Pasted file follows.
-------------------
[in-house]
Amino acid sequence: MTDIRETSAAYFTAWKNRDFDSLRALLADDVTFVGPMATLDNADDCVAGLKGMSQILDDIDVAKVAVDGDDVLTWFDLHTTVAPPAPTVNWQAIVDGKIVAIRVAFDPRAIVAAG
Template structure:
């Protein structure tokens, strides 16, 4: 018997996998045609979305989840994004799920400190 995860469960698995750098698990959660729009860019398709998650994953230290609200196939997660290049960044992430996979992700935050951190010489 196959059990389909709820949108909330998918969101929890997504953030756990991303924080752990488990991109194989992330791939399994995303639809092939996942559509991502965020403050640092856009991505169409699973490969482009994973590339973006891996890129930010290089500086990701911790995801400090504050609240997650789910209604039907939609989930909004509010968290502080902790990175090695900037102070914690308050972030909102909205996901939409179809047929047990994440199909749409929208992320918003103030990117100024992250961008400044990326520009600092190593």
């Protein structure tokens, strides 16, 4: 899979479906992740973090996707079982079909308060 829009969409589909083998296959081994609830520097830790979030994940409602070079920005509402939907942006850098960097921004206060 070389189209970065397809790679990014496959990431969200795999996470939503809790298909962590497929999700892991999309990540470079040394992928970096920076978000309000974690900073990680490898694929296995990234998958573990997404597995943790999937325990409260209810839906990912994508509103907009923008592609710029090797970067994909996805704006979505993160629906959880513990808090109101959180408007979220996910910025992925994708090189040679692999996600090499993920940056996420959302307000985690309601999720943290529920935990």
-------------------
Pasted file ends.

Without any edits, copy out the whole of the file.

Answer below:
[in-house]
Amino acid sequence: MTDIRETSAAYFTAWKNRDFDSLRALLADDVTFVGPMATLDNADDCVAGLKGMSQILDDIDVAKVAVDGDDVLTWFDLHTTVAPPAPTVNWQAIVDGKIVAIRVAFDPRAIVAAG
Template structure:
């Protein structure tokens, strides 16, 4: 018997996998045609979305989840994004799920400190 995860469960698995750098698990959660729009860019398709998650994953230290609200196939997660290049960044992430996979992700935050951190010489 196959059990389909709820949108909330998918969101929890997504953030756990991303924080752990488990991109194989992330791939399994995303639809092939996942559509991502965020403050640092856009991505169409699973490969482009994973590339973006891996890129930010290089500086990701911790995801400090504050609240997650789910209604039907939609989930909004509010968290502080902790990175090695900037102070914690308050972030909102909205996901939409179809047929047990994440199909749409929208992320918003103030990117100024992250961008400044990326520009600092190593």
């Protein structure tokens, strides 16, 4: 899979479906992740973090996707079982079909308060 829009969409589909083998296959081994609830520097830790979030994940409602070079920005509402939907942006850098960097921004206060 070389189209970065397809790679990014496959990431969200795999996470939503809790298909962590497929999700892991999309990540470079040394992928970096920076978000309000974690900073990680490898694929296995990234998958573990997404597995943790999937325990409260209810839906990912994508509103907009923008592609710029090797970067994909996805704006979505993160629906959880513990808090109101959180408007979220996910910025992925994708090189040679692999996600090499993920940056996420959302307000985690309601999720943290529920935990």